Cats are very expressive, as we all know, and have a thousand ways of telling us what they are feeling. Despite this, I, at least, am at a loss as to their desires half the time. But I am aware of the slowly whapping tail and what it means. Kola, for instance, loves being petted, having my fingers run firmly down his spine. But when he’s had enough, his floofy tail starts slapping the surface on which he is lying. It’s time for me to stop.
Yet this indication of annoyance is not universal. Cats are individuals and Josie is no exception. She enjoys being fussed over, and receiving chin rubs more than most other attention. She has an interesting tail; I call it a rat-tail because it is so wide at the base and is short, relative to her body. It’s thick and strong. And she whaps it when she is enjoying her attention.
At first I thought I was doing something wrong. But stopping led to unmistakeable protests, while resumption returned the tail to whapping. My Chubs will lie on my lap for quite a while, almost still, and bask in the good feelings of a chin-rub. All the time, her tail is slowly whapping.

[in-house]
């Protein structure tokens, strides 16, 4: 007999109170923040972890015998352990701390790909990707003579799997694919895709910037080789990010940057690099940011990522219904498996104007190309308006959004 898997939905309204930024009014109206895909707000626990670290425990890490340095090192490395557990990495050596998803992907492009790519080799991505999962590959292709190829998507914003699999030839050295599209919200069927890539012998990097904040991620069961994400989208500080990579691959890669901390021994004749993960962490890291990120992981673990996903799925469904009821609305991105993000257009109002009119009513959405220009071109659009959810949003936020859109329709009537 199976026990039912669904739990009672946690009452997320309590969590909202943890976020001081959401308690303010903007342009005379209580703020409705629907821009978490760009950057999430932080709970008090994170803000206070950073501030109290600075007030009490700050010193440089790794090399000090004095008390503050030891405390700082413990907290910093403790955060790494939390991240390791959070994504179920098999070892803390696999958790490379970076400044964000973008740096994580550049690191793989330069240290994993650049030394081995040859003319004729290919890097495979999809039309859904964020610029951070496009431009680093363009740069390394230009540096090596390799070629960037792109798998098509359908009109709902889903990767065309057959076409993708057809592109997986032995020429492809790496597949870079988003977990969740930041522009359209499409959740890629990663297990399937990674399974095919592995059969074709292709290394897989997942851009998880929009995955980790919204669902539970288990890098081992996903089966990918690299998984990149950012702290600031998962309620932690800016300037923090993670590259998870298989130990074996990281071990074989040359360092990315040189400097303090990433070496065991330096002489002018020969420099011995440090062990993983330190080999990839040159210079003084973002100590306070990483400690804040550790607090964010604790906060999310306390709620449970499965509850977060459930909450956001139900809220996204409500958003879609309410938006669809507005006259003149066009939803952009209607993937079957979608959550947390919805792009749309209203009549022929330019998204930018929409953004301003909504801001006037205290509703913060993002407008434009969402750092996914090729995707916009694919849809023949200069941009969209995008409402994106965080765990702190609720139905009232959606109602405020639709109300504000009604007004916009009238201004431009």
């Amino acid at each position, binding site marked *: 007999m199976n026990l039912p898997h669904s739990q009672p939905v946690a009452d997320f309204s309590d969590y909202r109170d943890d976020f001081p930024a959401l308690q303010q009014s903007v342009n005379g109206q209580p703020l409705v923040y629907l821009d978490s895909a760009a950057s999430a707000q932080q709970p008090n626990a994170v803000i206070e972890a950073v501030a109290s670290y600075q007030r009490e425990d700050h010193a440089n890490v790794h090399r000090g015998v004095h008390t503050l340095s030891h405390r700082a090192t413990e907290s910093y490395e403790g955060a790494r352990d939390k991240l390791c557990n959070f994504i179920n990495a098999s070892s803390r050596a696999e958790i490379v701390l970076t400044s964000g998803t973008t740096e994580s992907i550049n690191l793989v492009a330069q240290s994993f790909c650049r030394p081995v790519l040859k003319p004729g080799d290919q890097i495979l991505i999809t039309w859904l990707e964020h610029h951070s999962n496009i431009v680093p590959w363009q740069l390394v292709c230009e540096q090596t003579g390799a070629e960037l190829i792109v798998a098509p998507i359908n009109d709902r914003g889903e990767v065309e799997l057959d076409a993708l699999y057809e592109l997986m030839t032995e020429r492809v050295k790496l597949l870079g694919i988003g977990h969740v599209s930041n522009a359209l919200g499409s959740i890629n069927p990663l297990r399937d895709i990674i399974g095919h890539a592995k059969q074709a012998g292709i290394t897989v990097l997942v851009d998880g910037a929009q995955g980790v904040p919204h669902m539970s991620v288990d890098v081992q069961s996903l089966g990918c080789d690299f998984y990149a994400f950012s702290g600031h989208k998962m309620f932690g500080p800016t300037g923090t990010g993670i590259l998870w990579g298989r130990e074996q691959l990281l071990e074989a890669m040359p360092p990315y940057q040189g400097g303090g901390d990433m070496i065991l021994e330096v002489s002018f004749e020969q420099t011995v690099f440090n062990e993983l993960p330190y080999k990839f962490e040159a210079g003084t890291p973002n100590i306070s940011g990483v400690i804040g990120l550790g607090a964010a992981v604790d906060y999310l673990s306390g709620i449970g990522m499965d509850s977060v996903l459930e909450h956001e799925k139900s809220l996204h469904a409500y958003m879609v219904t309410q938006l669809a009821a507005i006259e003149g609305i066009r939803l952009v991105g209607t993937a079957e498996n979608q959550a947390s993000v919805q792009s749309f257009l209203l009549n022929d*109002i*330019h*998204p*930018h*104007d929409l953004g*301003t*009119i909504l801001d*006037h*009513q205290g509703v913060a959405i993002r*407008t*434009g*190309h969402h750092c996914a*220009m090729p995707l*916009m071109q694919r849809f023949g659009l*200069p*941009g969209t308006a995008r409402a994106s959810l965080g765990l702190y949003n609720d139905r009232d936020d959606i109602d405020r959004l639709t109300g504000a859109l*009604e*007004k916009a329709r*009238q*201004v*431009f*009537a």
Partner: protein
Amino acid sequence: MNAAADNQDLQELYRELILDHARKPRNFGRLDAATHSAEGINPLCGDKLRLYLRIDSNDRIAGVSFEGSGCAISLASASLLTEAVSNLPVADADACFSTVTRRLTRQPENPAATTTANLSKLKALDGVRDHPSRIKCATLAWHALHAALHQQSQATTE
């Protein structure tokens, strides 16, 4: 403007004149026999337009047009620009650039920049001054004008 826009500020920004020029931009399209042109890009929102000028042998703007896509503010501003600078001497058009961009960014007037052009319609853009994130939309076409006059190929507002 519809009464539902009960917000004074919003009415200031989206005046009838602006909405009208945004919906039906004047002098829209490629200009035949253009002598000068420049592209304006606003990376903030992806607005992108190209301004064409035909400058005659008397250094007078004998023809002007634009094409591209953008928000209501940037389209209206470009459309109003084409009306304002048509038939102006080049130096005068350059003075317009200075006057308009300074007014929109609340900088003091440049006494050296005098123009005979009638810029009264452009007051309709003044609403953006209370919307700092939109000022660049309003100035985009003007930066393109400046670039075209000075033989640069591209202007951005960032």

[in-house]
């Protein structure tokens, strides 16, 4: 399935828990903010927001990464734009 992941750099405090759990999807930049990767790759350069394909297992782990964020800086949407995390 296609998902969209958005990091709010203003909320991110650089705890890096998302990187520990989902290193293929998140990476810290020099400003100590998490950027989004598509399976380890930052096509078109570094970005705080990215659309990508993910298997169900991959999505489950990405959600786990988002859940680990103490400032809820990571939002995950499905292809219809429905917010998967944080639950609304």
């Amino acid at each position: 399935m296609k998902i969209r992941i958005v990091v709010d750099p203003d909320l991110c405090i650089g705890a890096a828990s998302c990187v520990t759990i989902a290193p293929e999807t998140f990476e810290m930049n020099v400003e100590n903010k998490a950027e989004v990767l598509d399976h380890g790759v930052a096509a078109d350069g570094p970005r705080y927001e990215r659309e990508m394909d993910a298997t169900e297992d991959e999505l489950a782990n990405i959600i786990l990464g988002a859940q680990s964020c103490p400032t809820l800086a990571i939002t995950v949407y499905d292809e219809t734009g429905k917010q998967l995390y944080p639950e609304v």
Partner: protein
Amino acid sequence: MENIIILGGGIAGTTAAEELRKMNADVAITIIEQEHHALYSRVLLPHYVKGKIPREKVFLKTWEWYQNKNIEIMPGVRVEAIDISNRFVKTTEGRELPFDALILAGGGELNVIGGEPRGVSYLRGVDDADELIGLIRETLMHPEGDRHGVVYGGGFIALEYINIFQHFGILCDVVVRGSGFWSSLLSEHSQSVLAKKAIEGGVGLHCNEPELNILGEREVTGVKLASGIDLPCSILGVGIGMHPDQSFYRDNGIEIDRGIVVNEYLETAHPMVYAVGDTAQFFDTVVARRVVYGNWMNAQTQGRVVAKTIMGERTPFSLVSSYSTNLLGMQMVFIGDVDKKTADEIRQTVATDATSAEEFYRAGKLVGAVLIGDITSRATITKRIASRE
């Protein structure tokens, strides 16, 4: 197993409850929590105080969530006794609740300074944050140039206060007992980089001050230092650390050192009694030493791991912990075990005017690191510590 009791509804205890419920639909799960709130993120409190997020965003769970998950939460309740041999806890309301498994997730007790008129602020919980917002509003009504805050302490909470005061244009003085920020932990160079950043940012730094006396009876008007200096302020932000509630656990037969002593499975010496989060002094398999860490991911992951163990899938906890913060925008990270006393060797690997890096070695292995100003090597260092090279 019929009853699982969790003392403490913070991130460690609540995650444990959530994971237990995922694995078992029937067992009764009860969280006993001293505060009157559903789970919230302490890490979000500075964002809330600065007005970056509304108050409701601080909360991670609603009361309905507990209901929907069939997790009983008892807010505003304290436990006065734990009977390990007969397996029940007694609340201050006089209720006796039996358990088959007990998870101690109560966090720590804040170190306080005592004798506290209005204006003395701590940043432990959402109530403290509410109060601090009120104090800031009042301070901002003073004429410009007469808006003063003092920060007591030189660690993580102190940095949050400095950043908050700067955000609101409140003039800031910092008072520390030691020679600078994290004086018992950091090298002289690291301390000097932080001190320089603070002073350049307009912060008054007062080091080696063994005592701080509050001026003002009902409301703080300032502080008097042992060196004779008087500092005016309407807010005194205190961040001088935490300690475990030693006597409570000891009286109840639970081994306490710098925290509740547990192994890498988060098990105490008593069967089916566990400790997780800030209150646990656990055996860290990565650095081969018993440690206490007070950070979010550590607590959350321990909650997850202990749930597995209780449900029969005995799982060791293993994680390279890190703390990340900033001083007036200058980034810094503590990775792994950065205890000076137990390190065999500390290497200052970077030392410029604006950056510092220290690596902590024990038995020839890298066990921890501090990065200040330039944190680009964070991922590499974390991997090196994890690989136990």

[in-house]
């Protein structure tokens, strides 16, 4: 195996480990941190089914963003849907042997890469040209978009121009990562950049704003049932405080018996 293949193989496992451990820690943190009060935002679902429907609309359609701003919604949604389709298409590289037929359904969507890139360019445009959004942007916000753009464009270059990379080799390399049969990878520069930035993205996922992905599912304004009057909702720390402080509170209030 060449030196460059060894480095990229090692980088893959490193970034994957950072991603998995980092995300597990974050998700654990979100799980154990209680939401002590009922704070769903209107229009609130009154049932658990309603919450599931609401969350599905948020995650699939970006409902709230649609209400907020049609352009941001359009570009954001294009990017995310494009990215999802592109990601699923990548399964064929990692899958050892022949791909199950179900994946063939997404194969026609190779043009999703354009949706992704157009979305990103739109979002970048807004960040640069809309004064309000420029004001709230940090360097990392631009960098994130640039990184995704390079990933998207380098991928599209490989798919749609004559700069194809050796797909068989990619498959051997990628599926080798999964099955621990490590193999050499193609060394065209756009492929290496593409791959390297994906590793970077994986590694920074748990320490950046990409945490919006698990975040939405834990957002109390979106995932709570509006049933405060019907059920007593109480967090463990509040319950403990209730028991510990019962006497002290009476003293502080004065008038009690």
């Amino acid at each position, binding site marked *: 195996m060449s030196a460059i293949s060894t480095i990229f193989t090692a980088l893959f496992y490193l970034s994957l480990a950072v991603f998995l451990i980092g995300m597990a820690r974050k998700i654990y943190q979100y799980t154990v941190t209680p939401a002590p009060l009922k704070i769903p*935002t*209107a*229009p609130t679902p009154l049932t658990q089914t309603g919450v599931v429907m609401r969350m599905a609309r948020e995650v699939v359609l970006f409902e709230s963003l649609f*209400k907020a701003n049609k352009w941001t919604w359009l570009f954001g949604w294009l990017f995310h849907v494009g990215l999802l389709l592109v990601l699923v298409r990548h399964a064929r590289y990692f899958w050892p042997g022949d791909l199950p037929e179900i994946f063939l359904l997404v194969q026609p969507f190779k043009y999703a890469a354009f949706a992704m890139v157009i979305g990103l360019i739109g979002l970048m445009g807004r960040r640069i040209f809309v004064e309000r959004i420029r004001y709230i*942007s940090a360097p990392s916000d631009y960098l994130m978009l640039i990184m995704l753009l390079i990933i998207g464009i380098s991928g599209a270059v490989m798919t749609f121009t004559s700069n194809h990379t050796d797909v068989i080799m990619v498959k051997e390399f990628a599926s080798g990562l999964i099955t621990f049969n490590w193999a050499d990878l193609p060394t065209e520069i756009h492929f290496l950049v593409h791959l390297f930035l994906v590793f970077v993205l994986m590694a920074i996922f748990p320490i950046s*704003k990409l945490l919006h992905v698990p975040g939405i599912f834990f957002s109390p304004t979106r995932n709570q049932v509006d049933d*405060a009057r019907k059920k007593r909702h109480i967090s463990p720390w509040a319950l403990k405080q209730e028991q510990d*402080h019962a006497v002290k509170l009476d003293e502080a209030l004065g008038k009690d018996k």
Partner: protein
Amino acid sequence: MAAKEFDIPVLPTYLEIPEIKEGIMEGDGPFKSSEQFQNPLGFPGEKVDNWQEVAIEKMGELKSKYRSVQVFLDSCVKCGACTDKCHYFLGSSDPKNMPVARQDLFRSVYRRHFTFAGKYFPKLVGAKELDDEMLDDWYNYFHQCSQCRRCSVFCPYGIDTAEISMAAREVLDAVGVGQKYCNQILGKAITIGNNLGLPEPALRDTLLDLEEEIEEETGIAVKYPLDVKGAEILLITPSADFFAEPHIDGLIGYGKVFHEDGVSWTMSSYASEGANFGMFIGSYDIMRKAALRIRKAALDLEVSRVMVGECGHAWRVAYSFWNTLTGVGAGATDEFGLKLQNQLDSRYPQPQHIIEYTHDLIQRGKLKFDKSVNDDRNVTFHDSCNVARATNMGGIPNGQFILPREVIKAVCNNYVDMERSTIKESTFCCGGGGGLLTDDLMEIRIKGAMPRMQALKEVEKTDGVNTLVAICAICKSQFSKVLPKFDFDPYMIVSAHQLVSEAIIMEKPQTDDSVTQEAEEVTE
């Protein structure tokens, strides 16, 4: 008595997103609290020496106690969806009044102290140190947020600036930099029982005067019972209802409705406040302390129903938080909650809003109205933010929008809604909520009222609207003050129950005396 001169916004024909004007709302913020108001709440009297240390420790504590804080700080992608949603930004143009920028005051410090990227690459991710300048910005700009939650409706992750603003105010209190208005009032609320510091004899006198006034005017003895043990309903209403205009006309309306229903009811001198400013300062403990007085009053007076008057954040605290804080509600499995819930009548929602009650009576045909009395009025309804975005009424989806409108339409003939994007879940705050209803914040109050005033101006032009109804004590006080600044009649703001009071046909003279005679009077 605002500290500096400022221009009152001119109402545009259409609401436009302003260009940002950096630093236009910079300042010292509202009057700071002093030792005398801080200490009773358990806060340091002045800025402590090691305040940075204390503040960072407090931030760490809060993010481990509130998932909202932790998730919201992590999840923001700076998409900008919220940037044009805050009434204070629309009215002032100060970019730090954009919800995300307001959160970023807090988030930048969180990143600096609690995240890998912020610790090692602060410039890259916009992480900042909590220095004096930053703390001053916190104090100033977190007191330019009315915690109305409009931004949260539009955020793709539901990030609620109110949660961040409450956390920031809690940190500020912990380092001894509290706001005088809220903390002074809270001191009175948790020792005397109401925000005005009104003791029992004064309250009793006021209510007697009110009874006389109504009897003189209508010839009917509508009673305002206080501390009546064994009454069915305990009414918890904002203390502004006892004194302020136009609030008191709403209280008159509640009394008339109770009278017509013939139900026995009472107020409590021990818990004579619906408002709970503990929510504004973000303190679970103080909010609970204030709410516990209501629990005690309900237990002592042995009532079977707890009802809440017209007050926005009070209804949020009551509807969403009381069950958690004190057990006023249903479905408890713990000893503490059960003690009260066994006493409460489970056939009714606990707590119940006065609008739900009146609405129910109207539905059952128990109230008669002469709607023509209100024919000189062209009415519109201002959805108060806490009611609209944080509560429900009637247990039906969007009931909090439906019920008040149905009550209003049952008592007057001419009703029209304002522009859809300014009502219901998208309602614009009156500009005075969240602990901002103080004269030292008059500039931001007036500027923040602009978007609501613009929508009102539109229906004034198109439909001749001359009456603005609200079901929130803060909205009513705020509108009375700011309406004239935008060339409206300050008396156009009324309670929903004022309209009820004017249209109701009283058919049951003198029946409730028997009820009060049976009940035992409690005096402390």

Her complaints are more vocal than visual, and why she uses her tail the way she does, I don’t know. If I were less acquainted with her, it would be misleading. It simply goes to show that cats are indeed individuals and, though we can generalise about them, to be fully aware of each, we must learn about each. The same may be written about people.
As an addendum, another interesting thing about Josie’s tail is its pattern and colour. It is ringed, black and what I call ‘tabby grey’, with a black stripe down the length of its top. I recently saw a picture of another cat who had Josie’s body colouring (white with ‘tabby grey’ patches) and a very similar tail. This little beast lived two thousand miles away, so a family resemblance was most unlikely. I wonder if the pattern of tail accompanies the type of body colouring.
Even so, my Chubs is unique, from the tail up.